Hong Kong basketball star Glen Yang outscored Jeremy Lin in his Taiwanese P League+ debut, but could not stop Kaohsiung 17Live Steelers from losing 92-81 to the New Taipei Kings at home on Sunday.
A surprise starter, the 27-year-old Yang wasted no time introducing himself to local fans, chipping in 10 points in the first quarter to give the hosts a 29-27 lead.
The Kings, however, never looked back after taking the lead early in the second quarter, and Yang, having notched up five personal fouls in the first half, was ejected in the final few minutes and admitted he needs to "learn" about the referees' calls.
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"The Kings have a lot of experienced players who know how to draw a foul, I still need time to adapt," said the former Bay Area Dragons guard, who finished with 18 points, seven rebounds, six assists and three steals.
"It was a solid first game, showing a little bit of everything I can do out there. The seven turnovers are partly on me trying to make some big plays but also partly on just not having the full chemistry yet with my teammates.
"I need to try improving my three-point shot and playing the fast-paced game with my teammates, while also working on my Mandarin to improve the chemistry with them."
Having played in Hong Kong, Spain, the Philippines, and Canada as well as the East Asia Super League, the Canadian-Chinese guard said the Taiwanese game was "high octane".
"It's very fast-paced, I wouldn't say it's as physical as the PBA [Philippines Basketball Association] or Canada," he said. "But the shooting level is high and the speed is up there, it's run-and-gun style with many skilled players."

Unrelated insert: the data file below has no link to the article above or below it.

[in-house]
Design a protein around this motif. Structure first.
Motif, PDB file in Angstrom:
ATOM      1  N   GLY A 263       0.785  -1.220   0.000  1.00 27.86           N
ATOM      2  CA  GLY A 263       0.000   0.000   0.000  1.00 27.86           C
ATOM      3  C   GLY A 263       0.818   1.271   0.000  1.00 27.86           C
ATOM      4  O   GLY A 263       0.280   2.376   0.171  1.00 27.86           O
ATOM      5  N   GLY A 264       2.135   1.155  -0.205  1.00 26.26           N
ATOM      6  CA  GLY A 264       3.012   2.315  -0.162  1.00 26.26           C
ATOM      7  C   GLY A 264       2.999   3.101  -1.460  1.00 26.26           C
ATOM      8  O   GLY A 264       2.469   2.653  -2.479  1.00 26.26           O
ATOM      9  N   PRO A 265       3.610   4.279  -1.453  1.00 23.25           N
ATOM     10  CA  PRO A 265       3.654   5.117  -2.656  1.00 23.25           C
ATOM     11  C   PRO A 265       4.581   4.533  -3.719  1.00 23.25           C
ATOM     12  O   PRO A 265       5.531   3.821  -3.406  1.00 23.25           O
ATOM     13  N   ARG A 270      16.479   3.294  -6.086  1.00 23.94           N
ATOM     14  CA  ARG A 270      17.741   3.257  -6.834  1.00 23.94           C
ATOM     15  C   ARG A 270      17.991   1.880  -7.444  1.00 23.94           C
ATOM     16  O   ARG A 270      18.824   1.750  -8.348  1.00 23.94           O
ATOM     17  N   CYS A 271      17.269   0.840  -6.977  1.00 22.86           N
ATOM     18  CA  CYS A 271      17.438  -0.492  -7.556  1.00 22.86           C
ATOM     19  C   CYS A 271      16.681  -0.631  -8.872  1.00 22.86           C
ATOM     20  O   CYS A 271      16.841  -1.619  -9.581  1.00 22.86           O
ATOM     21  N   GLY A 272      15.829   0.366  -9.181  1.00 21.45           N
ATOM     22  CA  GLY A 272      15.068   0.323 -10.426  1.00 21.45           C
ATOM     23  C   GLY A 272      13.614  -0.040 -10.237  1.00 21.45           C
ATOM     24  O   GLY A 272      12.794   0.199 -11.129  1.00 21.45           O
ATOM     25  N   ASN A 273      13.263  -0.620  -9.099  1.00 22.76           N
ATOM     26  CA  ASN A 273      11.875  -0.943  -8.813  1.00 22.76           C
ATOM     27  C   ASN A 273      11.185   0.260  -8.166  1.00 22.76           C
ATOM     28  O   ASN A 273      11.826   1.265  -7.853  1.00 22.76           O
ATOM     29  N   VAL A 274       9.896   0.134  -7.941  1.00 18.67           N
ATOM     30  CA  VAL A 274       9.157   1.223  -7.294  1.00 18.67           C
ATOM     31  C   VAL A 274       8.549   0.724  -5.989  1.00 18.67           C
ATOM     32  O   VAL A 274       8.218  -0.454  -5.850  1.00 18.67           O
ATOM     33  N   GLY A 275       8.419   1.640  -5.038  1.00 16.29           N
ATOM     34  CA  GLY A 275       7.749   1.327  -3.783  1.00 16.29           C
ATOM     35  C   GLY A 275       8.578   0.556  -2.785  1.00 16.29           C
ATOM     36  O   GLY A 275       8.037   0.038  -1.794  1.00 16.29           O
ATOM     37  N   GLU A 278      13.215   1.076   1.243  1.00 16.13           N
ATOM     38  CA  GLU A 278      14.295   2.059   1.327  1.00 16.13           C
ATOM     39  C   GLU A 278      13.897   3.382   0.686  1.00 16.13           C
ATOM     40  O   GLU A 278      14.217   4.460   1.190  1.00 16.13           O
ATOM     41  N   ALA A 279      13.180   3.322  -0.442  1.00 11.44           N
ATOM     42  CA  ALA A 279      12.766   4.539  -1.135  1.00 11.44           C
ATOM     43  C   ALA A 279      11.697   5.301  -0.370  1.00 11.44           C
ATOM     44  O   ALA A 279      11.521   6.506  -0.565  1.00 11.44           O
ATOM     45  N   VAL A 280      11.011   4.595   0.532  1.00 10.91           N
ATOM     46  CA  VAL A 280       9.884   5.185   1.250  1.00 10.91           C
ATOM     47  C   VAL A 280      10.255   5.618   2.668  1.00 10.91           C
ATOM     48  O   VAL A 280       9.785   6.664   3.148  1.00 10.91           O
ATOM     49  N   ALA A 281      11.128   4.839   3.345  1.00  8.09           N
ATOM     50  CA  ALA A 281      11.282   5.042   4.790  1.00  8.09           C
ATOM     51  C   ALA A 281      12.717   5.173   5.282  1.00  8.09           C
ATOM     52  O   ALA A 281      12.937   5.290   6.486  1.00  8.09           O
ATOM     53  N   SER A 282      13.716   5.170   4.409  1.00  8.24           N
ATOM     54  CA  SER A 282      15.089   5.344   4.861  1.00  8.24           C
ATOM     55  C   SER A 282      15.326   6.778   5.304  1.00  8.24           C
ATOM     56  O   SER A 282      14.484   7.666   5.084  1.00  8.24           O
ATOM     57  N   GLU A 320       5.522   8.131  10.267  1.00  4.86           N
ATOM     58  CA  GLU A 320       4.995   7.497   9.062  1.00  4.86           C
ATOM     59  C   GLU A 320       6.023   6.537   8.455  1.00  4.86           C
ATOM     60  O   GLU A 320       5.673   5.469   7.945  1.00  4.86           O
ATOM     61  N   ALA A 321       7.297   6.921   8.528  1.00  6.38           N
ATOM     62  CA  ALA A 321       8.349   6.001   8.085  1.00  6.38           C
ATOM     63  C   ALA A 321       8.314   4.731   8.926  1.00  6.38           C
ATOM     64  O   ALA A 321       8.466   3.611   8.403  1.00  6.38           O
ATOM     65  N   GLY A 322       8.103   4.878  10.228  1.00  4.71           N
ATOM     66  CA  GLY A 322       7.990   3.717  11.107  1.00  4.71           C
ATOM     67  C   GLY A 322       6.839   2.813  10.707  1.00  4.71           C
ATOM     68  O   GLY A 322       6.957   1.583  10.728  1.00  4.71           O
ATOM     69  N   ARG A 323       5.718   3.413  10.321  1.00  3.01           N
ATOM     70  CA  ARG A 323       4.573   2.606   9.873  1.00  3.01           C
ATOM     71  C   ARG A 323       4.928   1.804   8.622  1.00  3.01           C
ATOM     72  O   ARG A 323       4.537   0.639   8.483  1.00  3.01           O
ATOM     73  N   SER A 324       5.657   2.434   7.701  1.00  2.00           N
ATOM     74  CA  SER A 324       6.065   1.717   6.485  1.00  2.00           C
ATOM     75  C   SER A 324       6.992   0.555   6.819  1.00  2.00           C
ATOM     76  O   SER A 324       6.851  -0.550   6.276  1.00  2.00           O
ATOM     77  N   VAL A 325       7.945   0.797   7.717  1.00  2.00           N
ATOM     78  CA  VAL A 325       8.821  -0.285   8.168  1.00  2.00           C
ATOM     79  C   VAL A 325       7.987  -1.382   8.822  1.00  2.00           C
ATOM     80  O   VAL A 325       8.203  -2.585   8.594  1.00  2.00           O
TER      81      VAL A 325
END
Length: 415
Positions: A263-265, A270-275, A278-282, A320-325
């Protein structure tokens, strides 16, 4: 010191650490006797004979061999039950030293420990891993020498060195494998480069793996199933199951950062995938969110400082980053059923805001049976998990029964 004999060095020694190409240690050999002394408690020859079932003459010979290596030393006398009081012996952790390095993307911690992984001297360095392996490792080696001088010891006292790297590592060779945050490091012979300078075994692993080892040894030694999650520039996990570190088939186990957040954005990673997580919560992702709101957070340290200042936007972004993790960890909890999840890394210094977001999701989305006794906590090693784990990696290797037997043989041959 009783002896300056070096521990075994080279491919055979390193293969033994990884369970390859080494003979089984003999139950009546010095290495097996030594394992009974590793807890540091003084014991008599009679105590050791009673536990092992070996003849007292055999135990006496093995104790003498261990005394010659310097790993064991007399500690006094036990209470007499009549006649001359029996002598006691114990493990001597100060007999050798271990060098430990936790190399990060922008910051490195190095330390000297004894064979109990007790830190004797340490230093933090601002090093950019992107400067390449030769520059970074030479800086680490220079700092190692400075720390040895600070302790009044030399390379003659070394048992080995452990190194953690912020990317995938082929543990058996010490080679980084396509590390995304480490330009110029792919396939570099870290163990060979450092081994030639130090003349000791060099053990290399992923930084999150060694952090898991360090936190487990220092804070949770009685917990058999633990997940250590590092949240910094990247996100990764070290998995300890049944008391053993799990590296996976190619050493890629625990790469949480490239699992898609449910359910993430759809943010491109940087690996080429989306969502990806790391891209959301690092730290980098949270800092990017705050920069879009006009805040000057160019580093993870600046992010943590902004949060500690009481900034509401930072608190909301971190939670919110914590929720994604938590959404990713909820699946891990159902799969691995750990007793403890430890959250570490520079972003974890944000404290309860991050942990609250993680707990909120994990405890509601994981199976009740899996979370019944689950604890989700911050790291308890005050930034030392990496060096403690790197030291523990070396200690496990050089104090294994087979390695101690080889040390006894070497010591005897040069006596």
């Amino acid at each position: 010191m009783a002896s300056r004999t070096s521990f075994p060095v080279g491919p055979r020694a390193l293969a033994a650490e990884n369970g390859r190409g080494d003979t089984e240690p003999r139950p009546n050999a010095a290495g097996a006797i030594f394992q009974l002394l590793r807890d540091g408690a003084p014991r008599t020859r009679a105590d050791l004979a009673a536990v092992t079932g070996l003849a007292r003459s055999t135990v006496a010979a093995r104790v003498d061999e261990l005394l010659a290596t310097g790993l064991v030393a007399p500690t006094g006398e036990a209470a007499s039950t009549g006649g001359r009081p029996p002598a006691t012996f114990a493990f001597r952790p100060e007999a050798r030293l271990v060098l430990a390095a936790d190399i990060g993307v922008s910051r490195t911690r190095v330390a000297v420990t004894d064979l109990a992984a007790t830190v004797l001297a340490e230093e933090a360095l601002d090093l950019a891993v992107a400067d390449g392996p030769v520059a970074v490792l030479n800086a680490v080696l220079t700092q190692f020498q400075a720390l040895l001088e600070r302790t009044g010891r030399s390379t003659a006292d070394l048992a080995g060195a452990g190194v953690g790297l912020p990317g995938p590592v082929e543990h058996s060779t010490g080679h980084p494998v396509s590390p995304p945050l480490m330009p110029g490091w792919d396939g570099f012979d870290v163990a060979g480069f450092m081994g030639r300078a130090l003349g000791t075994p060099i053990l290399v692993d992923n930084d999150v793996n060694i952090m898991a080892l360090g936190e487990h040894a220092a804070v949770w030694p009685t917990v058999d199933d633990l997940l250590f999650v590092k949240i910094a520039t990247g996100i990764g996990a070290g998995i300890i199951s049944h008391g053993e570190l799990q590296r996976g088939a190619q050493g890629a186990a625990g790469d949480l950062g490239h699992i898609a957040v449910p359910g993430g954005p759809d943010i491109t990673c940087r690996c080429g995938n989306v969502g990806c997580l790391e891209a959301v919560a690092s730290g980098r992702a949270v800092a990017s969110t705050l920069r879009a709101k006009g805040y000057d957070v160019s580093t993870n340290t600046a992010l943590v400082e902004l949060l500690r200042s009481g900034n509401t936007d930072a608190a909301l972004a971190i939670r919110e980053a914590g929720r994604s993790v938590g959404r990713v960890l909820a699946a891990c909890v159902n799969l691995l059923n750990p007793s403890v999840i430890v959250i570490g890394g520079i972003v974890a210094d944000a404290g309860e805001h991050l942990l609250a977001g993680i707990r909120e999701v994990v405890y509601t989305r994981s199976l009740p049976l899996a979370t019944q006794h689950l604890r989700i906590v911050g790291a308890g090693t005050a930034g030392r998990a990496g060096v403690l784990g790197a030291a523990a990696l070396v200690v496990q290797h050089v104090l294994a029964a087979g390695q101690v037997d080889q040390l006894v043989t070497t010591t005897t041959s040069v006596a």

Playing competitively at the Fengshan Arena for the first time since he left the Steelers in July, Lin was not his usual self.
The former NBA sensation had 16 points, on 4 of 13 shooting, and finished with seven rebounds, two assists and four turnovers, but Yang said matching up with the former NBA champion was "a dream come true and goal accomplished".
"I told him he was an inspiration to Asian basketball players and felt honoured to compete with him," Yang said. "He's a legend to still play at this level at 35."
Despite the team's fourth loss in five games, Steelers chief Chiu Ta-Tsung saw the positives in Yang and lauded his abilities on the court.
"Yang showed his individual ability and repaid the faith put in him by the coaching staff," the 59-year-old head coach said. "He did extremely well linking up the team."
Chiu also hinted at giving the Mount Royal University graduate more game time after Yang arrived on the team only during the preseason in November.
"He came after our system was established, so we are not hiding him," he said. "Yang trained hard and well every day, and he was confident to guard the Lin brothers, so we put him in the starting line-up."
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This article originally appeared on the South China Morning Post (www.scmp.com), the leading news media reporting on China and Asia.
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